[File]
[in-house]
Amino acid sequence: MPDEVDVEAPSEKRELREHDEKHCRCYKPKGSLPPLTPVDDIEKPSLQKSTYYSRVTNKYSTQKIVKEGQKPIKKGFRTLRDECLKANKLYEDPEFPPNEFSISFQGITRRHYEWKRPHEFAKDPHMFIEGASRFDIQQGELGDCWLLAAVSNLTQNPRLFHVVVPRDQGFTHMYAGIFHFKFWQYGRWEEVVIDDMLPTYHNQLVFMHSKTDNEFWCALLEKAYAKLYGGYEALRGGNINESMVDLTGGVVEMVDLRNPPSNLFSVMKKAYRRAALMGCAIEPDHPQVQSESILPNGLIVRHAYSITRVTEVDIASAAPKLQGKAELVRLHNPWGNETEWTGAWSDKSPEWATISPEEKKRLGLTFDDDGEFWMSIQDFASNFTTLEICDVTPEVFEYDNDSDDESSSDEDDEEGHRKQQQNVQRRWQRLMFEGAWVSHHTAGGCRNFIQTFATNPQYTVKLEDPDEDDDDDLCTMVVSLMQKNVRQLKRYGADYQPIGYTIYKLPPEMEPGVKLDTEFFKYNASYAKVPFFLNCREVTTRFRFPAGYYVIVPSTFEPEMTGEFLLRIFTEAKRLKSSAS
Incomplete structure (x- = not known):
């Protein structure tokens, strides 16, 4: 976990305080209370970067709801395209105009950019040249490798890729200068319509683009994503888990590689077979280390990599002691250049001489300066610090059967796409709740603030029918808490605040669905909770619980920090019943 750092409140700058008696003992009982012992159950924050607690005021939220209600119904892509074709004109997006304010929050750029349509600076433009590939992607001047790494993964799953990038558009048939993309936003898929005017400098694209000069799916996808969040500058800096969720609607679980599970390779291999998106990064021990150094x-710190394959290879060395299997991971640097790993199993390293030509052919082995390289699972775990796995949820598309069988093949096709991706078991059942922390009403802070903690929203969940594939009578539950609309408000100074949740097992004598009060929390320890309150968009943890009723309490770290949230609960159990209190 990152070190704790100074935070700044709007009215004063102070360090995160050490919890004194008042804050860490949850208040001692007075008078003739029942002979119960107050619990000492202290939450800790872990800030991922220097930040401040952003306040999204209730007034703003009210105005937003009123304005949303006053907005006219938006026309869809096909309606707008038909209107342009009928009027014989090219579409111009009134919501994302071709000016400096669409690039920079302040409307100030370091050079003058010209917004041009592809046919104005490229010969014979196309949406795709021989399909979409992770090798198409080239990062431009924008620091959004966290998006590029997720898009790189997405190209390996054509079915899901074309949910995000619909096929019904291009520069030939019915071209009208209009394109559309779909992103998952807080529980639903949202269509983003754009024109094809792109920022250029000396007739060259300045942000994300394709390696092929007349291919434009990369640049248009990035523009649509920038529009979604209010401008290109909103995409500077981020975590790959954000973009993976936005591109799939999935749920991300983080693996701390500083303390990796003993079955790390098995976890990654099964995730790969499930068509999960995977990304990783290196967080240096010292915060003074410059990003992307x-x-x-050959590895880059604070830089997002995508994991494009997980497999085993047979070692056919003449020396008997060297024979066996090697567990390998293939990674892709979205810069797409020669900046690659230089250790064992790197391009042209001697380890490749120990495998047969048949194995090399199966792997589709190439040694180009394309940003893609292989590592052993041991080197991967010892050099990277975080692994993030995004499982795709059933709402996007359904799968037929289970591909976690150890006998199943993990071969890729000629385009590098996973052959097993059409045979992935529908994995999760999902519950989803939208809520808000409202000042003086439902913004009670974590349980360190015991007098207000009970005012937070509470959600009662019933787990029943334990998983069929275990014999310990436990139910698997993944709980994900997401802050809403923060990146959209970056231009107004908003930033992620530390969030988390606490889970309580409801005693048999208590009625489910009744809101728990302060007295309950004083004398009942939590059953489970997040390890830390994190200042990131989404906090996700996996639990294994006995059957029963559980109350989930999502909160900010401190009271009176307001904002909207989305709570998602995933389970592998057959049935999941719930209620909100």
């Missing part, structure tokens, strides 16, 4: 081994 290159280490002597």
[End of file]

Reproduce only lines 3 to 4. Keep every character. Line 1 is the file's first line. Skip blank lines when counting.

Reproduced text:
Incomplete structure (x- = not known):
């Protein structure tokens, strides 16, 4: 976990305080209370970067709801395209105009950019040249490798890729200068319509683009994503888990590689077979280390990599002691250049001489300066610090059967796409709740603030029918808490605040669905909770619980920090019943 750092409140700058008696003992009982012992159950924050607690005021939220209600119904892509074709004109997006304010929050750029349509600076433009590939992607001047790494993964799953990038558009048939993309936003898929005017400098694209000069799916996808969040500058800096969720609607679980599970390779291999998106990064021990150094x-710190394959290879060395299997991971640097790993199993390293030509052919082995390289699972775990796995949820598309069988093949096709991706078991059942922390009403802070903690929203969940594939009578539950609309408000100074949740097992004598009060929390320890309150968009943890009723309490770290949230609960159990209190 990152070190704790100074935070700044709007009215004063102070360090995160050490919890004194008042804050860490949850208040001692007075008078003739029942002979119960107050619990000492202290939450800790872990800030991922220097930040401040952003306040999204209730007034703003009210105005937003009123304005949303006053907005006219938006026309869809096909309606707008038909209107342009009928009027014989090219579409111009009134919501994302071709000016400096669409690039920079302040409307100030370091050079003058010209917004041009592809046919104005490229010969014979196309949406795709021989399909979409992770090798198409080239990062431009924008620091959004966290998006590029997720898009790189997405190209390996054509079915899901074309949910995000619909096929019904291009520069030939019915071209009208209009394109559309779909992103998952807080529980639903949202269509983003754009024109094809792109920022250029000396007739060259300045942000994300394709390696092929007349291919434009990369640049248009990035523009649509920038529009979604209010401008290109909103995409500077981020975590790959954000973009993976936005591109799939999935749920991300983080693996701390500083303390990796003993079955790390098995976890990654099964995730790969499930068509999960995977990304990783290196967080240096010292915060003074410059990003992307x-x-x-050959590895880059604070830089997002995508994991494009997980497999085993047979070692056919003449020396008997060297024979066996090697567990390998293939990674892709979205810069797409020669900046690659230089250790064992790197391009042209001697380890490749120990495998047969048949194995090399199966792997589709190439040694180009394309940003893609292989590592052993041991080197991967010892050099990277975080692994993030995004499982795709059933709402996007359904799968037929289970591909976690150890006998199943993990071969890729000629385009590098996973052959097993059409045979992935529908994995999760999902519950989803939208809520808000409202000042003086439902913004009670974590349980360190015991007098207000009970005012937070509470959600009662019933787990029943334990998983069929275990014999310990436990139910698997993944709980994900997401802050809403923060990146959209970056231009107004908003930033992620530390969030988390606490889970309580409801005693048999208590009625489910009744809101728990302060007295309950004083004398009942939590059953489970997040390890830390994190200042990131989404906090996700996996639990294994006995059957029963559980109350989930999502909160900010401190009271009176307001904002909207989305709570998602995933389970592998057959049935999941719930209620909100």